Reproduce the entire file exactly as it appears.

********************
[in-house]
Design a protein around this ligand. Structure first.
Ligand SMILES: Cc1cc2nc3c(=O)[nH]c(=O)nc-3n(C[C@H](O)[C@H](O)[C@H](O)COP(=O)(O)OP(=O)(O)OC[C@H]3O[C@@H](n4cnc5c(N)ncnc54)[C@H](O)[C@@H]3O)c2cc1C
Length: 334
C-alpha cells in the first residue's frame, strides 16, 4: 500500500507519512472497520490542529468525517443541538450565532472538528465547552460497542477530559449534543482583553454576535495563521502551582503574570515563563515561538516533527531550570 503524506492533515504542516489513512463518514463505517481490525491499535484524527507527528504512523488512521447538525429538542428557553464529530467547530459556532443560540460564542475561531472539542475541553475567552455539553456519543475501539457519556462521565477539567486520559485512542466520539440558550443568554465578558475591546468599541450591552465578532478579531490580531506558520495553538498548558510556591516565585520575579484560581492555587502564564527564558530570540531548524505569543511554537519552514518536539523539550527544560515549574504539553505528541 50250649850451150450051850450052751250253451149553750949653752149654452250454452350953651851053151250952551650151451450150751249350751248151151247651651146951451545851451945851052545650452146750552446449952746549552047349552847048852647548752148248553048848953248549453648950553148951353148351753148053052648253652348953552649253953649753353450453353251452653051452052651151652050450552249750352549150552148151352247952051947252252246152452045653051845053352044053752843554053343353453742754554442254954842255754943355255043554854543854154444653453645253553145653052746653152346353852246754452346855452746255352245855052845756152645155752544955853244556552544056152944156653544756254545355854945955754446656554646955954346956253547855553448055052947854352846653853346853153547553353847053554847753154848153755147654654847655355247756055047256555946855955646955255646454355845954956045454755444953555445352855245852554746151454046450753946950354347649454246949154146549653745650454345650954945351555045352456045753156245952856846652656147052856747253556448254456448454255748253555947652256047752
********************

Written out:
[in-house]
Design a protein around this ligand. Structure first.
Ligand SMILES: Cc1cc2nc3c(=O)[nH]c(=O)nc-3n(C[C@H](O)[C@H](O)[C@H](O)COP(=O)(O)OP(=O)(O)OC[C@H]3O[C@@H](n4cnc5c(N)ncnc54)[C@H](O)[C@@H]3O)c2cc1C
Length: 334
C-alpha cells in the first residue's frame, strides 16, 4: 500500500507519512472497520490542529468525517443541538450565532472538528465547552460497542477530559449534543482583553454576535495563521502551582503574570515563563515561538516533527531550570 503524506492533515504542516489513512463518514463505517481490525491499535484524527507527528504512523488512521447538525429538542428557553464529530467547530459556532443560540460564542475561531472539542475541553475567552455539553456519543475501539457519556462521565477539567486520559485512542466520539440558550443568554465578558475591546468599541450591552465578532478579531490580531506558520495553538498548558510556591516565585520575579484560581492555587502564564527564558530570540531548524505569543511554537519552514518536539523539550527544560515549574504539553505528541 50250649850451150450051850450052751250253451149553750949653752149654452250454452350953651851053151250952551650151451450150751249350751248151151247651651146951451545851451945851052545650452146750552446449952746549552047349552847048852647548752148248553048848953248549453648950553148951353148351753148053052648253652348953552649253953649753353450453353251452653051452052651151652050450552249750352549150552148151352247952051947252252246152452045653051845053352044053752843554053343353453742754554442254954842255754943355255043554854543854154444653453645253553145653052746653152346353852246754452346855452746255352245855052845756152645155752544955853244556552544056152944156653544756254545355854945955754446656554646955954346956253547855553448055052947854352846653853346853153547553353847053554847753154848153755147654654847655355247756055047256555946855955646955255646454355845954956045454755444953555445352855245852554746151454046450753946950354347649454246949154146549653745650454345650954945351555045352456045753156245952856846652656147052856747253556448254456448454255748253555947652256047752